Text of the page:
*This post contains potential triggers for disordered eating.*
It has been almost three years since I last stuck my fingers down my throat, hovering over the toilet bowl to empty my stomach of all contents. Three years since I assigned a number to everything that went into my mouth, logging everything in an evil app that flashed red when I went over that arbitrary, dangerously low daily calorie limit. Three years since I was paralyzed with fear that my boyfriend could taste it when I’d thrown up minutes before we kissed.
I never thought I had a problem. Until it was over, I thought that I was in control. That every decision to purge or take a laxative was calculated, purposeful, and justified. Once I was out the other side, I came to the hard realization that this was not the case. I was not supposed to constantly taste bile, have a bloated stomach, or panic when I didn’t have access to a toilet at all times. The dentist was not supposed to notice that the enamel on my teeth was wearing down.
One day, I didn’t throw up. The next day, I didn’t run to the toilet after each meal. I forced myself to delete the calorie counting apps on my phone. Slowly, I erased those behaviors that had become as second nature as putting on a seatbelt in the car.
I don’t remember the specifics; I think finally I just realized one day that I could not do it anymore. It was the first conscious decision I’d made in a long time with regards to my body. I allowed myself to try and have a normal, healthy life, and I knew that I could not maintain these habits once I graduated college and started working.
All these years later, I’m not as terrified by the idea of a pizza as I once was. I don’t work out for longer than two hours a day. I try to make healthy food choices and I do not beat myself up over a big meal. My body no longer shakes randomly, the wispy white hairs have left my arms, and no dentist has mentioned the destroyed enamel in over four years. I can eat something that doesn’t have nutritional information on it. On the surface, these things might mean I’m “OK.”
I’ve learned that’s not quite the way it works. I’m not sure my eating disorder will ever leave my side. While I don’t purge or restrict anymore and I would consider myself recovered, there are still triggers every day that make me have to stop, take a breath, and force myself to remember why I need to nourish my body, not hurt it.
When my friends do something that requires a bathing suit, I cringe and a pit forms in my stomach as I search for ways to get out of it. If I end up in public in a bathing suit, I spend the entire time acutely aware of the angles of my body. I will not eat or drink in a bathing suit, and I cannot breathe easily until I can put an amorphous t-shirt on.
I haven’t quite figured out how dating fits into this recovered me, because the only steady boyfriend I’ve ever had was in the throes of my disorder. Since then I’ve managed to keep men at arms’ length. I don’t go on dates because I hate eating in front of other people. At some point all of my “things” have to be addressed, but it’s hard to talk about with someone who doesn’t understand. I go through periods of time convinced that I’m unworthy of someone else’s love, and when things don’t work out with a guy, my first delusional assumption is that the weight of my body very literally broke the relationship.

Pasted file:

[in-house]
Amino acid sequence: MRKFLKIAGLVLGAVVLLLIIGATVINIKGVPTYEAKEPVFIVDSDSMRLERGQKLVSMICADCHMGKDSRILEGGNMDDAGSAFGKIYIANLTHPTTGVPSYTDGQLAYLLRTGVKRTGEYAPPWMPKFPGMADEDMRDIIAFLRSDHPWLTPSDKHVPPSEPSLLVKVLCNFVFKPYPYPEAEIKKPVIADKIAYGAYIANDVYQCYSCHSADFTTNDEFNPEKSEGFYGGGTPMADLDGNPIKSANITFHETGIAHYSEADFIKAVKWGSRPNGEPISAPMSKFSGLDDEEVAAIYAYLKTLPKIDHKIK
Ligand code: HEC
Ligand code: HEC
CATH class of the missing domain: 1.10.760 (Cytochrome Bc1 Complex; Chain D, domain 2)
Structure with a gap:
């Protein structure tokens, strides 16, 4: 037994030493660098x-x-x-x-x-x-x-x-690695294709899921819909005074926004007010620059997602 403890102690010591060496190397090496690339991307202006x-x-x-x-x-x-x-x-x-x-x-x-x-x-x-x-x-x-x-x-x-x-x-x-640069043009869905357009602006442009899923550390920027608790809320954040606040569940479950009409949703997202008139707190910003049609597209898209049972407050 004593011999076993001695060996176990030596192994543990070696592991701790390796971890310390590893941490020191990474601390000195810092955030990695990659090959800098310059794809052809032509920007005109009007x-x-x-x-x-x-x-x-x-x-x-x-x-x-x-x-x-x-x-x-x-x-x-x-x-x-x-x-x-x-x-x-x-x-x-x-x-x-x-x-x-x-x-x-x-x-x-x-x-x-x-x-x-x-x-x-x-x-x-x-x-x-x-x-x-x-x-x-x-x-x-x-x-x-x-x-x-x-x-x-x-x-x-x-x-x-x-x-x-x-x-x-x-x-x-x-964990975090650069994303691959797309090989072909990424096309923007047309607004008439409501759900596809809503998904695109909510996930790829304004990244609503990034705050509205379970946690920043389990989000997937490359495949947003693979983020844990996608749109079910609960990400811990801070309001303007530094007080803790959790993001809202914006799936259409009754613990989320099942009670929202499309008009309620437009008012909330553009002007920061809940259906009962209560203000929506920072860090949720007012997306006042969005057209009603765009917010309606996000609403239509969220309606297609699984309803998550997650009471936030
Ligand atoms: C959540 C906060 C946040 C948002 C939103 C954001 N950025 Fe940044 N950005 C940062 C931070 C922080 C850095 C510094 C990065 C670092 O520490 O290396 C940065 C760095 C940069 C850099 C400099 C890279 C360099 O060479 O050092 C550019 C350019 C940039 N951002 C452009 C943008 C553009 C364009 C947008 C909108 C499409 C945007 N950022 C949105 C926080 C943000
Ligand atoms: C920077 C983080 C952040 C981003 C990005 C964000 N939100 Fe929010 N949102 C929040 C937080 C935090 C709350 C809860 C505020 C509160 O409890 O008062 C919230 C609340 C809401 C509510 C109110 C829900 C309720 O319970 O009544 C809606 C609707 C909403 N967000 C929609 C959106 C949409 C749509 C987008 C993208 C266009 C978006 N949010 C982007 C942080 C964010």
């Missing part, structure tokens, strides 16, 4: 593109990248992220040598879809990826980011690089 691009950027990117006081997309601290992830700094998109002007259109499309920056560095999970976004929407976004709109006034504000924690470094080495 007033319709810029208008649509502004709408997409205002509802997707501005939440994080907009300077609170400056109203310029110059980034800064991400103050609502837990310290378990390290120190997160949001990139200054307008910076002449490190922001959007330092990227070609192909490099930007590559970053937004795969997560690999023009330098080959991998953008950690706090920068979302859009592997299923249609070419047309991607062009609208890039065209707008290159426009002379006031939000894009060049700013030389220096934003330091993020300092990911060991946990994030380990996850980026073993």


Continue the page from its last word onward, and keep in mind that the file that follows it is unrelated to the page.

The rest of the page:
I still constantly compare myself to others, I have a hard time when other people talk about their food or exercise routines. I compare my food intake with theirs; I am disappointed if they’ve run a mile more. I’ve had to excuse myself from a meal more than once because the other people at the table will loudly plan what to order based on their food intake that day.
Sometimes, I find myself justifying a skipped meal or a third workout in a day. I know my own threshold for my personal brand of “crazy,” and I have to actively talk myself out of doing things that I know are unhealthy. I’ll remind myself how far I’ve come, and how slippery the slope would be if I were to go back to my bad habits even once.
When I think about one day having a daughter, I am paralyzed with fear. I am terrified that somehow she will inherit the tumultuous relationship that I have with my body. Like me, she will hide it from her family for years, only to bring it up one day in a vindictive attempt to blame me for her upbringing. She will suffer and empty her body and numb herself and then her disorder will never leave her side.
Sometimes I try to imagine a future where my relationship with my body is not so chaotic. I truly cannot envision ever separating fully from my eating disorder. In the beginning of my recovery, I held on to the disorder in my back pocket because it was familiar and it was all mine. I believe now that thinking like that set me back, because I allowed my disorder to become a part of my identity. At one time, I had to come to terms with the fact that I had a problem. Now, I’m coming to terms with the fact that it might never go away.